from the Circuit Court of Champaign County, No. 13-CF-2096;
the Hon. Heidi N. Ladd, Judge, presiding.
Michael J. Pelletier, Patricia Mysza, and Bradley Jarka
(argued), of State Appellate Defender's Office, of
Chicago, for appellant.
J. Robinson and John M. Zimmerman (argued), both of
State's Attorneys Appellate Prosecutor's Office, of
Springfield, of counsel, for the People.
JUSTICE APPLETON delivered the judgment of the court with
opinion. Presiding Justice Knecht and Justice Steigmann
concurred in the judgment and opinion.
1 In December 2013, defendant, Johnnie D. Gillon, pleaded
guilty to felony aggravated assault (720 ILCS 5/12-2(b)(4)(i)
(West 2012)) in exchange for the State's dismissal of two
other pending charges. The trial court accepted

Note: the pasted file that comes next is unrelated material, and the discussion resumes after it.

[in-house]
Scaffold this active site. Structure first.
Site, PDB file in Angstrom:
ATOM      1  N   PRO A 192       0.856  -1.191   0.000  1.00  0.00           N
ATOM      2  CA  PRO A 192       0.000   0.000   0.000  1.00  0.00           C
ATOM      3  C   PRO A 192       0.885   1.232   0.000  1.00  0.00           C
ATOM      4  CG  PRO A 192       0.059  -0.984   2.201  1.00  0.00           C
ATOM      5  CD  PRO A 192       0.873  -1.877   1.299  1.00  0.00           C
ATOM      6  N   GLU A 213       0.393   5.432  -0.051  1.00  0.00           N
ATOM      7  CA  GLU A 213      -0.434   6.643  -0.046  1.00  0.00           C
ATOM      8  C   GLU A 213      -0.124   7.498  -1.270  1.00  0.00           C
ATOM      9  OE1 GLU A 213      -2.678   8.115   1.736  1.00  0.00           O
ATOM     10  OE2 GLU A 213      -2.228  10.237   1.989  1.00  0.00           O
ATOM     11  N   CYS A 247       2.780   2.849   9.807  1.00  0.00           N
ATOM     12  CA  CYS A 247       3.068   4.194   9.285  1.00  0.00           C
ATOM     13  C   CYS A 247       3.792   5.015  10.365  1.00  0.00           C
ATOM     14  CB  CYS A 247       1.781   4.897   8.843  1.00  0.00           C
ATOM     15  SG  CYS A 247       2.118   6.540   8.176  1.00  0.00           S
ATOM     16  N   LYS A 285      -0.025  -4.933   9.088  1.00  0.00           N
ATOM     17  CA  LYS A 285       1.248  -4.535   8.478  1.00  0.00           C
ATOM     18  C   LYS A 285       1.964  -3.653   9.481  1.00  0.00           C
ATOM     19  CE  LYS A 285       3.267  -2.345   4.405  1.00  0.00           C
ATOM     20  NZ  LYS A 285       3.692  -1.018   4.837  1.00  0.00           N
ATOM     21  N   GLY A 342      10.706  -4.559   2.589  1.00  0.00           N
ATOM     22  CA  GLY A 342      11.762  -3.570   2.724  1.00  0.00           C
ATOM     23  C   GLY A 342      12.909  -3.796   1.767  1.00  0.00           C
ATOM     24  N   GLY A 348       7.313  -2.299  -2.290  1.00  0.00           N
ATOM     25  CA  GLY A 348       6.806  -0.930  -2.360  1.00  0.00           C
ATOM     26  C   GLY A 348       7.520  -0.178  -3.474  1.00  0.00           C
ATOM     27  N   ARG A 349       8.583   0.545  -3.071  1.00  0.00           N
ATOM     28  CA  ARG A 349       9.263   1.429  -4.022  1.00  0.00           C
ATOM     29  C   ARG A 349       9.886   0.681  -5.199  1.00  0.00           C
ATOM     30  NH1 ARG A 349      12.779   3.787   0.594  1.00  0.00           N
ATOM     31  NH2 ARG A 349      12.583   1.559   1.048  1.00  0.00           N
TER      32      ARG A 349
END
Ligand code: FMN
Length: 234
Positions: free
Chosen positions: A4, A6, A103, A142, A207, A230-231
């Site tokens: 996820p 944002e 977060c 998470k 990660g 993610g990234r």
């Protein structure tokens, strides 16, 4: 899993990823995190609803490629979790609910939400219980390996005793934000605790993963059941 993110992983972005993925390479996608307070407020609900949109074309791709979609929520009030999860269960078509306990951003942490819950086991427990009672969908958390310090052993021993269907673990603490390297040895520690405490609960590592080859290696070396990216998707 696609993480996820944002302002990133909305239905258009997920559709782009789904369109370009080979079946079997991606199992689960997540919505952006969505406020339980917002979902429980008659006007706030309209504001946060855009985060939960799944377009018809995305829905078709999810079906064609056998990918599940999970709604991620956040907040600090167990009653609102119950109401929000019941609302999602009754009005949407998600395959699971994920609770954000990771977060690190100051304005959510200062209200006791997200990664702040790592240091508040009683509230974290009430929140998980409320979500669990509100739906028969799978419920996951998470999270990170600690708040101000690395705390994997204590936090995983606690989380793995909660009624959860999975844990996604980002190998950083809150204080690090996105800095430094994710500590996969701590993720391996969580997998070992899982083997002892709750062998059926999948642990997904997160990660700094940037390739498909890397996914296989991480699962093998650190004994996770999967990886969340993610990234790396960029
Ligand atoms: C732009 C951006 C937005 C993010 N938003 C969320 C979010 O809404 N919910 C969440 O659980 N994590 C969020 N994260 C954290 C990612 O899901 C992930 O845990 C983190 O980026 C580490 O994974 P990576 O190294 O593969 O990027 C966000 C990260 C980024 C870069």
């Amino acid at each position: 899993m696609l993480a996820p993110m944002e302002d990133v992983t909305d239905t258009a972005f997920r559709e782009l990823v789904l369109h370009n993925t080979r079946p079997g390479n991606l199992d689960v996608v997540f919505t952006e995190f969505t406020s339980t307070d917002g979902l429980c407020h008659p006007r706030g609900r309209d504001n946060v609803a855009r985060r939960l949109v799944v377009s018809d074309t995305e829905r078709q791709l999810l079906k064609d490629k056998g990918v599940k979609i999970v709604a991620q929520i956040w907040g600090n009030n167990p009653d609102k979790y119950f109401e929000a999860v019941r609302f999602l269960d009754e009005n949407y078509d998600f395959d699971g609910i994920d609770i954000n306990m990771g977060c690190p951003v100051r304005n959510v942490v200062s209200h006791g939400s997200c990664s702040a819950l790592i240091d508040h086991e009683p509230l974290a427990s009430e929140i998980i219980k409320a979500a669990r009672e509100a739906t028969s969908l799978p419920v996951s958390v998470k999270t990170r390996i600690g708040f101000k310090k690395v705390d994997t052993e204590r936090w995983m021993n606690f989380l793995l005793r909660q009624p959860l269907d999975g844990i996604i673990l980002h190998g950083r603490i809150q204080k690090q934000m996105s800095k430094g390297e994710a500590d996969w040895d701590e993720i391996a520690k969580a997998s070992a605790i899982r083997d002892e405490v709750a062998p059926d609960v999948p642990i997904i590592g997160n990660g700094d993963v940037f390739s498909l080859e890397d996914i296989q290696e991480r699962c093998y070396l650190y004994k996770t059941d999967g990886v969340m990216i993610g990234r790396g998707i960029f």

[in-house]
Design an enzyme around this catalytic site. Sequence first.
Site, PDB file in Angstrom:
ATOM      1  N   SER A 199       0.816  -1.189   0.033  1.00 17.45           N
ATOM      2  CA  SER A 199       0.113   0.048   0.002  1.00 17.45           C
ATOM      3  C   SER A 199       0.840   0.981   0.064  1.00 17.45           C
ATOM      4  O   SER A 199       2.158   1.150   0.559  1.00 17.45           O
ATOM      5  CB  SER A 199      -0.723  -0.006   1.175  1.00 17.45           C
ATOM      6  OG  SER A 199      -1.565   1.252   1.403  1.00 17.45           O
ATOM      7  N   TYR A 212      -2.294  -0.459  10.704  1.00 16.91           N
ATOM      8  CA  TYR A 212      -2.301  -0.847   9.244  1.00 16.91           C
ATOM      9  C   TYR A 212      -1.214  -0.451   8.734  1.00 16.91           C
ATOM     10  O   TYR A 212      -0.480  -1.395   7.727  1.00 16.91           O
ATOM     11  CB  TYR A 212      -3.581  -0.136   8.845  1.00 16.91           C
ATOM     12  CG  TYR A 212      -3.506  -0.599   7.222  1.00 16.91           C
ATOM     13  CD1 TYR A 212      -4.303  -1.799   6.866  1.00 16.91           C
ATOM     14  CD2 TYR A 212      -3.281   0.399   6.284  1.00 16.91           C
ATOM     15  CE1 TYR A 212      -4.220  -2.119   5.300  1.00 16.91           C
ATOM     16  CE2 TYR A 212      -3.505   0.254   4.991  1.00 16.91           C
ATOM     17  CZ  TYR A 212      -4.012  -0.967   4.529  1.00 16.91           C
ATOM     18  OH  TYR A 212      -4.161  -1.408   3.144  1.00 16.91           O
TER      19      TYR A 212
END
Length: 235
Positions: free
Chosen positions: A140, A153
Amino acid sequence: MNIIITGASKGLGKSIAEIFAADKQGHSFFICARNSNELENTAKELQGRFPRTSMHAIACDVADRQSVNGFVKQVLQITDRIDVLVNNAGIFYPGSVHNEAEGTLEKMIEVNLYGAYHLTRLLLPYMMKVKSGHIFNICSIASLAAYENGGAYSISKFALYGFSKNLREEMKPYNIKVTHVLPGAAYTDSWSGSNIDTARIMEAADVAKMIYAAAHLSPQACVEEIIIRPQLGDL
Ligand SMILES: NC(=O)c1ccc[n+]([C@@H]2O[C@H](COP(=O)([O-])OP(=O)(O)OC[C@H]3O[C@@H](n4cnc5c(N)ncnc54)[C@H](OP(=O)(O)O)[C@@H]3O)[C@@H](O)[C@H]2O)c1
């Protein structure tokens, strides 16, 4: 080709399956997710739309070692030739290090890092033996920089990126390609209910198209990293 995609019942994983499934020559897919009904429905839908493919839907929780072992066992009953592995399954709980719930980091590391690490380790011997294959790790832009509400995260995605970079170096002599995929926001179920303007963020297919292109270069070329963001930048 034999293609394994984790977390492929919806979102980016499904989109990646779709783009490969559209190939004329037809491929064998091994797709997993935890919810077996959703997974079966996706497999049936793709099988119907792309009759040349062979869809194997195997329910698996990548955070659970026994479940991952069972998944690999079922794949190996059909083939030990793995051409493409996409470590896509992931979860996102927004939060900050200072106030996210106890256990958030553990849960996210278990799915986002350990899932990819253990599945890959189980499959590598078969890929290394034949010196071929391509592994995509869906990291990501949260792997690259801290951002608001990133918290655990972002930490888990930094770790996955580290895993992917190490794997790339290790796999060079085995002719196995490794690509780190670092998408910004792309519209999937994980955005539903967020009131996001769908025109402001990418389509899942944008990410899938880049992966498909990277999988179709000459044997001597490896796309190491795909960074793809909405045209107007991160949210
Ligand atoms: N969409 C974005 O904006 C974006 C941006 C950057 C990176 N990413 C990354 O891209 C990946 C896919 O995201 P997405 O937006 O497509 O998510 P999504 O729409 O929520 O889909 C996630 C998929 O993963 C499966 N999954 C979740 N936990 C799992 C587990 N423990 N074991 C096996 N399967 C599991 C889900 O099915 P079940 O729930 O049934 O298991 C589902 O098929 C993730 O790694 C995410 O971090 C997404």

defendant's plea and sentenced him to 30 months'
probation. After defendant allegedly committed two criminal
offenses while on probation, the State filed a petition to
revoke defendant's probation.
2 Defendant's counsel raised a bona fide doubt
as to defendant's fitness, and the trial court ordered
defendant to be examined. Based on the opinion of a
psychiatrist, the court found defendant unfit to stand trial
and committed him to the Illinois Department of Human
Services (Department). After the State and defense counsel
stipulated defendant had been restored to fitness based upon
the conclusions in the Department's report, the court
found defendant fit to stand trial. The court revoked
defendant's probation and sentenced him to five years in
prison on the original offense.
3 Defendant appeals, arguing the trial court erred by (1)
relying on the parties' stipulation he was fit to stand
trial instead of making an independent judicial determination
on that issue, (2) not sua sponte raising the
fitness issue based upon defendant's conduct during
subsequent court proceedings, and (3) failing to conduct a